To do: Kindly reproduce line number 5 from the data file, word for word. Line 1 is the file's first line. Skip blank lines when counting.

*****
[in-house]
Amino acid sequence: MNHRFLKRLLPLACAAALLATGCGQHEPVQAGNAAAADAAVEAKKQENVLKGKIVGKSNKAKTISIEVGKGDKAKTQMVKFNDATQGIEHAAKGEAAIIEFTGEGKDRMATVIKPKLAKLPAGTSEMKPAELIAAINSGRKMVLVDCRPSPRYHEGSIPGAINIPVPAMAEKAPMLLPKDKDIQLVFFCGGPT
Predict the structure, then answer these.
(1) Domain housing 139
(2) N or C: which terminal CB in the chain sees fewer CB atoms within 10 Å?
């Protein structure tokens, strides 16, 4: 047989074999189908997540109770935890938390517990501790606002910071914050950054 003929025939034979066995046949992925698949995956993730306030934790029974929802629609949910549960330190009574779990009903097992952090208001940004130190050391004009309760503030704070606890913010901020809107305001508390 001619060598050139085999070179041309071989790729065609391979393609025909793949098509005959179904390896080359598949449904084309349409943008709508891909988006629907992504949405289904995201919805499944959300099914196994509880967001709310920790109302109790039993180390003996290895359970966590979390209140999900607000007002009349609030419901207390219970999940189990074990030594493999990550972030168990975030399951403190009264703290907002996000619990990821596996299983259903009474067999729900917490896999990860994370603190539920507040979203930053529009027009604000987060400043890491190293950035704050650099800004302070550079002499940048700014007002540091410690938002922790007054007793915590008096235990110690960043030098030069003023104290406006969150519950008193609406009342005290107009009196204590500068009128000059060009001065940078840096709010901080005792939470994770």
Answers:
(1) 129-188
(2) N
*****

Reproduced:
(2) N or C: which terminal CB in the chain sees fewer CB atoms within 10 Å?